DIRT/3D: 3D root phenotyping for field-grown maize (Zea mays)

Suxing Liu, Carlos Sherard Barrow, Meredith Hanlon, Jonathan P. Lynch, Alexander Bucksch

Research output: Contribution to journalArticlepeer-review

25 Scopus citations

Abstract

The development of crops with deeper roots holds substantial promise to mitigate the consequences of climate change. Deeper roots are an essential factor to improve water uptake as a way to enhance crop resilience to drought, to increase nitrogen capture, to reduce fertilizer inputs, and to increase carbon sequestration from the atmosphere to improve soil organic fertility. A major bottleneck to achieving these improvements is high-throughput phenotyping to quantify root phenotypes of field-grown roots. We address this bottleneck with Digital Imaging of Root Traits (DIRT)/3D, an image-based 3D root phenotyping platform, which measures 18 architecture traits from mature field-grown maize (Zea mays) root crowns (RCs) excavated with the Shovelomics technique. DIRT/3D reliably computed all 18 traits, including distance between whorls and the number, angles, and diameters of nodal roots, on a test panel of 12 contrasting maize genotypes. The computed results were validated through comparison with manual measurements. Overall, we observed a coefficient of determination of r2>0.84 and a high broad-sense heritability of H2 mean> 0.6 for all but one trait. The average values of the 18 traits and a developed descriptor to characterize complete root architecture distinguished all genotypes. DIRT/3D is a step toward automated quantification of highly occluded maize RCs. Therefore, DIRT/3D supports breeders and root biologists in improving carbon sequestration and food security in the face of the adverse effects of climate change.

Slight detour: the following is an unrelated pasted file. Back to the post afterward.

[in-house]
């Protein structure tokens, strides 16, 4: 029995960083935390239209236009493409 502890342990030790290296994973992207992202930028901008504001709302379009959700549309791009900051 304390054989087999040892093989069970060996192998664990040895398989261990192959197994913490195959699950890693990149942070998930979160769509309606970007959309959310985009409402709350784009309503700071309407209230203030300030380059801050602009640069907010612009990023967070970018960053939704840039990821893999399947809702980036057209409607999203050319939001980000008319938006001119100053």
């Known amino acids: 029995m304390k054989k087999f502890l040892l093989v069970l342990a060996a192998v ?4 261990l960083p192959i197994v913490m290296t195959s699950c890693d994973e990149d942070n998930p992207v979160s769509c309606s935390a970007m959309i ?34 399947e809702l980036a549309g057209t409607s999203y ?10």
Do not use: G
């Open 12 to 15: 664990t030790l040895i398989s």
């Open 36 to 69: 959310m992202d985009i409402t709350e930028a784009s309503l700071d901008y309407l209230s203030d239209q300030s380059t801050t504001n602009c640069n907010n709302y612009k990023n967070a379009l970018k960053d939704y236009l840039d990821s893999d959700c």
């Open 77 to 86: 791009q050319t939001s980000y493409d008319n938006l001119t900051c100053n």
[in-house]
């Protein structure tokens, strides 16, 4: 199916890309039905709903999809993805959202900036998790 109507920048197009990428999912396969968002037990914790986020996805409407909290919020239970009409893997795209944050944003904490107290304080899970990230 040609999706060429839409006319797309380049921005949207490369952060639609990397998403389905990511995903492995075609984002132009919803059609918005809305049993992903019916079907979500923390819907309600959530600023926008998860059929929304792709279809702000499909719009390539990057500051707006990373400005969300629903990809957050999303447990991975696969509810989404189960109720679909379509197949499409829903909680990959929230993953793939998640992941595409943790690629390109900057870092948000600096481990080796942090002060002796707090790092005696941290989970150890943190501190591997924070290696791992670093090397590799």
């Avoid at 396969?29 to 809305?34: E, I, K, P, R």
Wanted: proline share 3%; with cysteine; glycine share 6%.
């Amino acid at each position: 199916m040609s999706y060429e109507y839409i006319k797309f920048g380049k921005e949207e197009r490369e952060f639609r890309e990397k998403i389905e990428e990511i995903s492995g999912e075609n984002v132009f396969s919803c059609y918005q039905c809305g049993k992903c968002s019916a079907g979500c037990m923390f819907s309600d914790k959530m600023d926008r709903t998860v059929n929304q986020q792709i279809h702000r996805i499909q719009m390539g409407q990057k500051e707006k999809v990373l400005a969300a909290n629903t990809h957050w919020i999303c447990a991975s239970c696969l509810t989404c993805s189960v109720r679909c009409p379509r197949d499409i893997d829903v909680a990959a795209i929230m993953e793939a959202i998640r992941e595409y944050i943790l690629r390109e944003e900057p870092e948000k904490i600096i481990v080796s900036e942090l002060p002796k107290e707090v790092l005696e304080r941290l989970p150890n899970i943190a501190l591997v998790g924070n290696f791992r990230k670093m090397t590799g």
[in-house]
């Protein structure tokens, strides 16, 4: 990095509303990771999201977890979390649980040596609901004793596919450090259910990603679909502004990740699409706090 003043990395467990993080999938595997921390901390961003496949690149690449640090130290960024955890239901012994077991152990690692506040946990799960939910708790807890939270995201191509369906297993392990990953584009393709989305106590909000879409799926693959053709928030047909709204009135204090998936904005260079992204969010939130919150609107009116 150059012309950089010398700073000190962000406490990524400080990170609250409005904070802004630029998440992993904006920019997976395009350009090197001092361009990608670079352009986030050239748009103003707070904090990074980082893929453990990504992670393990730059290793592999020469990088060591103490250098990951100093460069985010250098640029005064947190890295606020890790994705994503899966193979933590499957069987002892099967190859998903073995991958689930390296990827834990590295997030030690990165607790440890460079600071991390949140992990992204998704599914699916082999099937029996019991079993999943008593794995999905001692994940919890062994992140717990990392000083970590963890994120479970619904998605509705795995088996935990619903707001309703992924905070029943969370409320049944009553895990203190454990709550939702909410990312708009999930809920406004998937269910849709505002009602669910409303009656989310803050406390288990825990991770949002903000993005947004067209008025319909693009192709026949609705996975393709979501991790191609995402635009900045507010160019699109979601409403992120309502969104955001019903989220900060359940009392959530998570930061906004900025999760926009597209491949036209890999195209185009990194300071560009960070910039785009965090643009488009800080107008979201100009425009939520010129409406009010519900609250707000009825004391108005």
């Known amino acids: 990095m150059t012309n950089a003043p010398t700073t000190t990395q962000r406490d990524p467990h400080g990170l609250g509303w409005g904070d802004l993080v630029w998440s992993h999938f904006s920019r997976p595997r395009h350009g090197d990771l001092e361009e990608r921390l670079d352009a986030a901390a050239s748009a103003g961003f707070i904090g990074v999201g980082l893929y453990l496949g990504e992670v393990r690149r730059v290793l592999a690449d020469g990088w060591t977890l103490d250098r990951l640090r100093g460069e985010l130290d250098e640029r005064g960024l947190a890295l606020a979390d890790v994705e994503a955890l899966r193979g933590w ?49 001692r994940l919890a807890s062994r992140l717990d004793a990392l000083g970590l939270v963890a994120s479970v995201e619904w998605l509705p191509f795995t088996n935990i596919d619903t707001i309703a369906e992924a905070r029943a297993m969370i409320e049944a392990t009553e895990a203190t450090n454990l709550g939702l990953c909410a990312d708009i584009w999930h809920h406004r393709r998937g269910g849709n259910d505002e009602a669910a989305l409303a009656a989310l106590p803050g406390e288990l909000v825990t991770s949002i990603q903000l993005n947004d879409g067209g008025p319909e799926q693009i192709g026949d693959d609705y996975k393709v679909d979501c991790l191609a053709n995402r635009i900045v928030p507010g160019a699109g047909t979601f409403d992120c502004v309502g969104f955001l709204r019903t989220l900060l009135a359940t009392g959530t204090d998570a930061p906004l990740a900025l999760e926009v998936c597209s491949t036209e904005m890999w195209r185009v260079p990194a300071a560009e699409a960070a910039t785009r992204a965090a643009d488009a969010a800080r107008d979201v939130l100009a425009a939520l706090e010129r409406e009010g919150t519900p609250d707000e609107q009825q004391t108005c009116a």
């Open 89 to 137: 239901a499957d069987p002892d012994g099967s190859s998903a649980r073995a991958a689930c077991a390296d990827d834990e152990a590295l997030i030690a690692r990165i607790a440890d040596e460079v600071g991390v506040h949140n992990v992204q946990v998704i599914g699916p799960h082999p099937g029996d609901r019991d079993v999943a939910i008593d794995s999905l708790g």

Original languageEnglish (US)
Pages (from-to)739-757
Number of pages19
JournalPlant physiology
Volume187
Issue number2
DOIs
StatePublished - Oct 2021

All Science Journal Classification (ASJC) codes

  • Physiology
  • Genetics
  • Plant Science

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